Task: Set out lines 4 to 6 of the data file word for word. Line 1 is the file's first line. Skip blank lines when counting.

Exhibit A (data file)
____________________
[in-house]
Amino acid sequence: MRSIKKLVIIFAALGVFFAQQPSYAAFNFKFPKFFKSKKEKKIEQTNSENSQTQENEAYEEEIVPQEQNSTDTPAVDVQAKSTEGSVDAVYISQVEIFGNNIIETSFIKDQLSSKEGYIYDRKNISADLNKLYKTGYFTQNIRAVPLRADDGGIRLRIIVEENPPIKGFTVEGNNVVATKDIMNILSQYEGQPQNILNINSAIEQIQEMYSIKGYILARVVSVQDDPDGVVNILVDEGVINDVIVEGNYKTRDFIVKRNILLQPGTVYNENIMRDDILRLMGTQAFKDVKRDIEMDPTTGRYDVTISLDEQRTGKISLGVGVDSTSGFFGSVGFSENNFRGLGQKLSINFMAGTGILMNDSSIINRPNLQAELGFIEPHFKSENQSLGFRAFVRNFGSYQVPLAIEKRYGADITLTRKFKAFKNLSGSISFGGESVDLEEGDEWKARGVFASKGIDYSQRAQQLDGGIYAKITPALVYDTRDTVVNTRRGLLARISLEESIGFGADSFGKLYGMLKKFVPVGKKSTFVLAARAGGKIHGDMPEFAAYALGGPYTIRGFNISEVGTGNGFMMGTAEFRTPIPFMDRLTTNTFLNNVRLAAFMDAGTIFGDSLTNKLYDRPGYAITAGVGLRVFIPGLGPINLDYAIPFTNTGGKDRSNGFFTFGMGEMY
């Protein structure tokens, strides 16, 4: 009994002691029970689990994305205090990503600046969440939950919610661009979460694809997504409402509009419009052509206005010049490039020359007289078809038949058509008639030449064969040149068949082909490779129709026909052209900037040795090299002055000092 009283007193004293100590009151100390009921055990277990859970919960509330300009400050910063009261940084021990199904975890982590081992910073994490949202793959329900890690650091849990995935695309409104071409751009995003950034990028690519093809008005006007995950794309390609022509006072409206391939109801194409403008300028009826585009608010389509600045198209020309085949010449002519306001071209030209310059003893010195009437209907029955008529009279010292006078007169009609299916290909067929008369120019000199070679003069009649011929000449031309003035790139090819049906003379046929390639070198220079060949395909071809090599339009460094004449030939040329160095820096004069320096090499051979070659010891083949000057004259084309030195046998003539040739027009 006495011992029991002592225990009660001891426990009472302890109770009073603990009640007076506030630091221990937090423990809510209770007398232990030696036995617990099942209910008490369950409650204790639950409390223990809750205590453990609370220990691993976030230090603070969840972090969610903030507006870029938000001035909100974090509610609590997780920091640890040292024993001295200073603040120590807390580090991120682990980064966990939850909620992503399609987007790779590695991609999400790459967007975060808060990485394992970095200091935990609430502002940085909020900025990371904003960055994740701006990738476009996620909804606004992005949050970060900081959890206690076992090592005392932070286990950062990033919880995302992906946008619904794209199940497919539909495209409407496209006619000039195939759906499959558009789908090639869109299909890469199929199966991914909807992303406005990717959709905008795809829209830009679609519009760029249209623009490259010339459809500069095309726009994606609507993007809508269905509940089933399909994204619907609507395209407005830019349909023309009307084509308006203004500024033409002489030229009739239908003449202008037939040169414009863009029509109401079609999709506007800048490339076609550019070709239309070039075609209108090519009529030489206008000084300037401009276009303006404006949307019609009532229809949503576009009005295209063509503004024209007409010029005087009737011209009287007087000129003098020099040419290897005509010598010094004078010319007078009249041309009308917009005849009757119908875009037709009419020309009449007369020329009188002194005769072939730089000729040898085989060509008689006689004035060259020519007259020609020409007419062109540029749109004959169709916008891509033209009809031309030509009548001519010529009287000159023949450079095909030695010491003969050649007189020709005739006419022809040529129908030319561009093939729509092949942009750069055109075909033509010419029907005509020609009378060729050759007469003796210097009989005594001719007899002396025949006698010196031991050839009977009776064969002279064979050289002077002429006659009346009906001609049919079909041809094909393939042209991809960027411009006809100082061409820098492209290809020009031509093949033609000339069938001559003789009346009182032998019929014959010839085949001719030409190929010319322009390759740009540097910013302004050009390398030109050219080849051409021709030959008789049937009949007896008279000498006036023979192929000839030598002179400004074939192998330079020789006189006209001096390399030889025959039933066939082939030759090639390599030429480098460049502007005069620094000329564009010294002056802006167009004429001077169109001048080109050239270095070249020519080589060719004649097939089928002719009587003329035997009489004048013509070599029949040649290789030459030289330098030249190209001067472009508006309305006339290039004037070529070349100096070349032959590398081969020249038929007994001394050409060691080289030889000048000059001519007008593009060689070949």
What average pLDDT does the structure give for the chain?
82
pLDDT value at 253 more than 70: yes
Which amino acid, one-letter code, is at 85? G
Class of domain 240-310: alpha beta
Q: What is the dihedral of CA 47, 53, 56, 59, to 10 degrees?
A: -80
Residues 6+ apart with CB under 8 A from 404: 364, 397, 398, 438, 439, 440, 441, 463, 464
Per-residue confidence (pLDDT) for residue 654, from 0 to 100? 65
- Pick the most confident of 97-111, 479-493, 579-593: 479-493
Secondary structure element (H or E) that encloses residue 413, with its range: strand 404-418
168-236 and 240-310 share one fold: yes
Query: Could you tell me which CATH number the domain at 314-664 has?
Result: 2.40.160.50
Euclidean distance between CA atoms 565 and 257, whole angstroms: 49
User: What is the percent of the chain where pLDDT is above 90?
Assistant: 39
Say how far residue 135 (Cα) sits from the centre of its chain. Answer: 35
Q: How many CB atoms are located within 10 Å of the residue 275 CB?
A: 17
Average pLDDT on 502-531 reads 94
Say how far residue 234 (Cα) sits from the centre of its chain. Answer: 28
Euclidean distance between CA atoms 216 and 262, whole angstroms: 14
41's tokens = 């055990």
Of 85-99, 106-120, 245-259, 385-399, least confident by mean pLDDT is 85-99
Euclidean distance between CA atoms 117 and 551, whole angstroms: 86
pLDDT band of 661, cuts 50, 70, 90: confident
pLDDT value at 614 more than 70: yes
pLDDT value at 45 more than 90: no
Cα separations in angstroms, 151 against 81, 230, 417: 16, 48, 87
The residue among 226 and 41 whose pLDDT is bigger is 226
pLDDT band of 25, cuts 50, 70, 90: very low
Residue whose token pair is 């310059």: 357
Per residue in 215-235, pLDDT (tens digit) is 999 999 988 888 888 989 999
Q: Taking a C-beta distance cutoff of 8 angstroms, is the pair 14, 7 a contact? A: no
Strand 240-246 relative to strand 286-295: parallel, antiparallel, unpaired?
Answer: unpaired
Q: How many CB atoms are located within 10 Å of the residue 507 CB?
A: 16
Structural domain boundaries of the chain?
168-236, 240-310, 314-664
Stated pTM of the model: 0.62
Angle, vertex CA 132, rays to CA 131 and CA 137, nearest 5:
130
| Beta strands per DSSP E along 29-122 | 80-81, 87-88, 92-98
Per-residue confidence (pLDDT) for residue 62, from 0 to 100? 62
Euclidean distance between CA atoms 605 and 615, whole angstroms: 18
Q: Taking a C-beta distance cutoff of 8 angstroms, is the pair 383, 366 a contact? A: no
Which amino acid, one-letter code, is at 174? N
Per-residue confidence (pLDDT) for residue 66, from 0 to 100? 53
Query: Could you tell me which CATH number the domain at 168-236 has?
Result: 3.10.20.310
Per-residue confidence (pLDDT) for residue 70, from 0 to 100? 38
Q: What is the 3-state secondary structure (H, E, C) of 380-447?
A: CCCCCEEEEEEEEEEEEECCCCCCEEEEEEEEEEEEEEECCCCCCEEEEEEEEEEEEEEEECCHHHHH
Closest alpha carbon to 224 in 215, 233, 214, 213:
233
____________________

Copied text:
What average pLDDT does the structure give for the chain?
82
pLDDT value at 253 more than 70: yes